Jihadi Competition After al Qaeda Hegemony – Part 3 of Smarter Counterterrorism

My third post in the FPRI series Smarter Counterterrorism just posted.  With the help of some friends, I attempted to define the jihadi environment today and explain in narrative and visually the splits in al Qaeda’s ranks.  If interested, please read the entire article “Jihadi Competition After al Qaeda Hegemony – ‘Old Guard’ al Qaeda, Team ISIS and The Battle For Jihadi Hearts and Minds” at this link.  Also, because I cannot make the charts that JM Berger and I put together display as larger versions at FPRI, I am posting them here for people to download.  Please click on the graphics below if you would like the larger versions for easier viewing.

Here is the intro to the post:

Today’s Jihadi Landscape: What does two competing jihadi networks and other freelance jihadi groups look like?

I’ve been wondering since Bin Laden’s death what a world without “One Big al Qaeda” might look like–see this for example.  Only now can we start to see the effects of a generational shift amongst jihadis representing two loosely formed larger networks surrounded by some, or maybe even many, loosely tied or unaffiliated jihadi groups with more regional rather than global orientations.

With the environment changing rapidly and no good way to depict today’s jihadi landscape, I, with input from friends, have put together the following visual estimate of what today’s fractured jihadi landscape might look like.  I tried to avoid the vertical, top-down task organization chart models because I don’t believe these relationships represent command and control as much as communication and collaboration.  Today’s global jihadi landscape looks more like a swarm not a corporation: it is fungible, malleable and evolving.  For the purposes of the charts you see below (Figure 1 and Figure 3), I’ve created three categories, which should not be viewed as definitive or exact as I anticipate much shifting of allegiances in the coming weeks and months.  I put forth a discussion here, not an answer, and I’m open to input.  If a group appears left out, it’s likely because I was uncertain how to assess them.  The amount of overlap represents the degree to which I estimate the groups are interlinked in their communication & efforts.”

Jihadi Competition feb 2014

And here is the chart I worked on with much help from J.M. Berger, Aaron Zelin and some friends.

stateofplay8

10 comments

  1. Clint:
    This is tremendous work that nicely captures the organizational and ideological dysfunction of Al Qaeda’s network that has been ongoing since 9-11. I would argue that the fracturing of jihadi networks goes beyond Al Qaeda and is intimately associated with ideological divisions (near versus far enemy/scope and propriety of takfir/preaching or violence) that have fractured prior movements in Algeria and Egypt before Al Qaeda’s full maturation. This is a subject that I broach in an article to be published by Orbis in its spring 2014 edition that looks at Iraq, Syria and Algeria and the general patterns of jihadi growth, maturation, implosion and rebirth. I have been following your work on this issue for some time. You are making are invaluable contribution to the debate over the Al Qaeda’s Post 9-11 devolution.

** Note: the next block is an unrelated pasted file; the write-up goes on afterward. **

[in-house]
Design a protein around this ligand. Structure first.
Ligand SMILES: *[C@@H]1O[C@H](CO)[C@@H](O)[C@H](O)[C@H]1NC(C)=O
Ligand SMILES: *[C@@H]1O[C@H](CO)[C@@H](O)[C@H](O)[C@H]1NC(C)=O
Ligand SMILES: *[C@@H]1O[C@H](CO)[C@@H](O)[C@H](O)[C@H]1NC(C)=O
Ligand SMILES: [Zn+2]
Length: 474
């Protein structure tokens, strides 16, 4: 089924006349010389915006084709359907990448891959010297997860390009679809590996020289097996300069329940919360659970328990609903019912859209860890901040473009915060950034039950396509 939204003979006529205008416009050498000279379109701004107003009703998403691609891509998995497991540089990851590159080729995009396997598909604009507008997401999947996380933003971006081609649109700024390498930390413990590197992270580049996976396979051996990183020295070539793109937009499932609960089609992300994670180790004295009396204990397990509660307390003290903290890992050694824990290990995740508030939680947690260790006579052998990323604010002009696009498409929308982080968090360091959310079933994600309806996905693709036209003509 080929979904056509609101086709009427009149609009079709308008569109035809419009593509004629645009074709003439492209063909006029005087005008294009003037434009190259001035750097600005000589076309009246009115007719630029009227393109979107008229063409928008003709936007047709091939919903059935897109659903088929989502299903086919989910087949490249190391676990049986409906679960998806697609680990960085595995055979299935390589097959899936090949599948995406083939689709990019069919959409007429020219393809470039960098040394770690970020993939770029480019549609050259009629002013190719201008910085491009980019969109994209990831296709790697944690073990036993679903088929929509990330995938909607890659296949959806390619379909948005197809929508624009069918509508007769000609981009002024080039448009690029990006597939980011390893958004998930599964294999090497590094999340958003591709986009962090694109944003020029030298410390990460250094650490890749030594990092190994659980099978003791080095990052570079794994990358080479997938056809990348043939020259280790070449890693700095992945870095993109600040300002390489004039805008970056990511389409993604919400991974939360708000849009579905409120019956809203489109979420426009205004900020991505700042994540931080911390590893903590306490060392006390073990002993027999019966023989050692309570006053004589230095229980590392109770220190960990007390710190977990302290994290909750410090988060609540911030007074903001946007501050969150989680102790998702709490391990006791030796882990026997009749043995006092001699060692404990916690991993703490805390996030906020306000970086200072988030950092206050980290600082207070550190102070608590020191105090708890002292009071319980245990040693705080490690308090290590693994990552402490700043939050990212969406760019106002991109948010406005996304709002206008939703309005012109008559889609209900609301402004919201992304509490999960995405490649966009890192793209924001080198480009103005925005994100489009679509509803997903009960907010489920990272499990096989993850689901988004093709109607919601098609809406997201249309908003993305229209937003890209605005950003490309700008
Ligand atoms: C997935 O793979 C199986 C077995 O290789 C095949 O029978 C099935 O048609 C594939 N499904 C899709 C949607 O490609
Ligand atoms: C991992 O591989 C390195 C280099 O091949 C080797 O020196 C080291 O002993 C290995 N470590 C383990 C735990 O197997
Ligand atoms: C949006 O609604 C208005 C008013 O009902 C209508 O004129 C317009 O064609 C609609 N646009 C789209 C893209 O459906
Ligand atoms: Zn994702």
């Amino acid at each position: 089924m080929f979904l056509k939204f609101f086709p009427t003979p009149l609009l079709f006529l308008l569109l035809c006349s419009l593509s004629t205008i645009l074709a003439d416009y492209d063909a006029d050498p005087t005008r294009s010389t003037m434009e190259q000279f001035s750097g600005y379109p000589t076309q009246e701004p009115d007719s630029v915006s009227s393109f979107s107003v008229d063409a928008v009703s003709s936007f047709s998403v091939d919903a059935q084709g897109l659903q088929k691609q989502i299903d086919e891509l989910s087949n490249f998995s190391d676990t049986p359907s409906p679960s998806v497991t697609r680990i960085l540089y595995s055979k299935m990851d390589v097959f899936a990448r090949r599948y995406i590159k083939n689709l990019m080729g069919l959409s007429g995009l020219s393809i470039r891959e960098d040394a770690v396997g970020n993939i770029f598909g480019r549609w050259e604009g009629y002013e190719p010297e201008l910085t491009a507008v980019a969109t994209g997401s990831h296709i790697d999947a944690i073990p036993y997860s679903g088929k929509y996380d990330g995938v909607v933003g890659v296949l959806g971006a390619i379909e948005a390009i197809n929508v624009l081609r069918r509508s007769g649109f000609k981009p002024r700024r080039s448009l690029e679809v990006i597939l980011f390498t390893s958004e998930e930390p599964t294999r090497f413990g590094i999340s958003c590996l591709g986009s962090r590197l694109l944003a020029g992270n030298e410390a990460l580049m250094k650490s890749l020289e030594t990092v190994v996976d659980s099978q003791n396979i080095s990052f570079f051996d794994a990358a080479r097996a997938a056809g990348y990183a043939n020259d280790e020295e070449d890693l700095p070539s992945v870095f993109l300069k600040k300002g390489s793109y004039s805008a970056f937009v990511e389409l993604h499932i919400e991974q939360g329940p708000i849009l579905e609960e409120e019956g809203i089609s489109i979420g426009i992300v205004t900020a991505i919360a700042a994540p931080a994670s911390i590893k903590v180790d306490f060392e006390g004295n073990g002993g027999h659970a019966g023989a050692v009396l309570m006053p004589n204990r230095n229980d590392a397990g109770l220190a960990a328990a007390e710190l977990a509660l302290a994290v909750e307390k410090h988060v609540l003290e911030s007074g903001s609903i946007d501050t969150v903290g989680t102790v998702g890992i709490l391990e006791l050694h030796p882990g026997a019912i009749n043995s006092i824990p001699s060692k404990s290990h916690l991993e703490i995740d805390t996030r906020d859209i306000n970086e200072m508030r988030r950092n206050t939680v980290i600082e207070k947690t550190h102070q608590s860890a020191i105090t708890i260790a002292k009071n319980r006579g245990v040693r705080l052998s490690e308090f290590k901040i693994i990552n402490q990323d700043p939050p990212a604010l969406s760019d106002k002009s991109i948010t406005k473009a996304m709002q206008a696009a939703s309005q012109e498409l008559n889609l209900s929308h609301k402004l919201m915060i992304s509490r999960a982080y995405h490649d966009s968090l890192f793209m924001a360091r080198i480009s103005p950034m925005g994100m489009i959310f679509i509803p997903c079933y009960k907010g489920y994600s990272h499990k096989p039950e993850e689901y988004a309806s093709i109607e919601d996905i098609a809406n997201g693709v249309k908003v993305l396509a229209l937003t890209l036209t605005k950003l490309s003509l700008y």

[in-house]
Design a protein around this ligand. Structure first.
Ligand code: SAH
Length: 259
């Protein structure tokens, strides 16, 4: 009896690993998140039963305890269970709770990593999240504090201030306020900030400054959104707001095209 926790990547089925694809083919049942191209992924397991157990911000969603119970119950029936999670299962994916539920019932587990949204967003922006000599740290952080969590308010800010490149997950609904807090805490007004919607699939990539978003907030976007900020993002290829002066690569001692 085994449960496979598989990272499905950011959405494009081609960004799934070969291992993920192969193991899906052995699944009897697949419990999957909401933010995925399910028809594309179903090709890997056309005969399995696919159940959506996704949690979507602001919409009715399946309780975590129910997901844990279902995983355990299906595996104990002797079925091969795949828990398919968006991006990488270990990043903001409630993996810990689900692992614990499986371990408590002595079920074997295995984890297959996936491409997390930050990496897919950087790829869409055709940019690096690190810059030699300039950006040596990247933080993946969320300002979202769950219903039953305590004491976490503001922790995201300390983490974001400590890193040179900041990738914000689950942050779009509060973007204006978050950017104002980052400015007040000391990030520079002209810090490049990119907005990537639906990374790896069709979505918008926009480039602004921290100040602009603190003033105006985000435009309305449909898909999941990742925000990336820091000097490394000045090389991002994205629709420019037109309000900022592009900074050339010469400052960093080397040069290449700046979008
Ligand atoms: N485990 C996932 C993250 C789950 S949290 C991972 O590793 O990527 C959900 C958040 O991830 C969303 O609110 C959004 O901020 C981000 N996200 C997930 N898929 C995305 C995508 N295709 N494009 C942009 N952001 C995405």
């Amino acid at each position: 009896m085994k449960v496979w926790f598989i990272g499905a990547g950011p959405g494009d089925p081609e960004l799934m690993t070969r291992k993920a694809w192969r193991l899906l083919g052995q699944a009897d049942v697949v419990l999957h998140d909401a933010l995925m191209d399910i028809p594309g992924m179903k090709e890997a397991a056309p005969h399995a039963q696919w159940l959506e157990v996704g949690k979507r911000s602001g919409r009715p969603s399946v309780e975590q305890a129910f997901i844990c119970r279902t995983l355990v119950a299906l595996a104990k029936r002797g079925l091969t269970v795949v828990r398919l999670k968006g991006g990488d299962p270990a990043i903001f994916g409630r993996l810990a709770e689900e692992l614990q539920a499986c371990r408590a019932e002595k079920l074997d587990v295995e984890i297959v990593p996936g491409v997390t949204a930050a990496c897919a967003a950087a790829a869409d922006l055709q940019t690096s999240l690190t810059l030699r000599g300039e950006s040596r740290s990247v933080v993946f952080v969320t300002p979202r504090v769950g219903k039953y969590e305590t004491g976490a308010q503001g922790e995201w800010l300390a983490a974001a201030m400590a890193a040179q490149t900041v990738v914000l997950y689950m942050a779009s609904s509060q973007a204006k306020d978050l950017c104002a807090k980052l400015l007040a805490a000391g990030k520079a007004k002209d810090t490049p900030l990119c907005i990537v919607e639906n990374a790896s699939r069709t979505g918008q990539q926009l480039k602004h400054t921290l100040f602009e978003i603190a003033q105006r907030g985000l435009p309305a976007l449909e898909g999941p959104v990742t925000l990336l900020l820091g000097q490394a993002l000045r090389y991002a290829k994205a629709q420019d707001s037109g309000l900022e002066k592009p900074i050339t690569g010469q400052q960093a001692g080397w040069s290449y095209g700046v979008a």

Best
    Tony

    • Tony,
      Thanks for the compliment and for reading. I’m definitely curious in the thesis you propose above. When your article comes out, can you post it here so we know where to access it?
      Clint

      • Clint:

        Our work on this issue seems to be evolving along the same path. In my book Al Qaeda’s Post 9-11 Devolution beyond Al Qaeda Core I divide the network up into affiliates, associates, insurgents and lone wolves. Since Madrid and London, Al Qaeda command and control over its affiliates has become progressively weaker and fractured. You are correct that the death of bin Laden has accelerated this diffusion of power often mistakenly interpreted as a strengthening of Al Qaeda, I greatly look forward to reading your subsequent posts your work has played an important part in my own research. Keep up the great work.
        Best
        Tony

  2. Clint,

    With today’s news from Syria of the death of Abu Khaled al-Suri, as yet unconfirmed by who, one wonders how AQ-Central, let alone others will respond. It appears to be the responsibility of another Islamist / Jihadist faction.

    What is more interesting is how AQ and its factions will explain this.

    My other interest is whether AQ’s enemies, who are many, can exploit these divisions. To date our record, in the West, has not been good.

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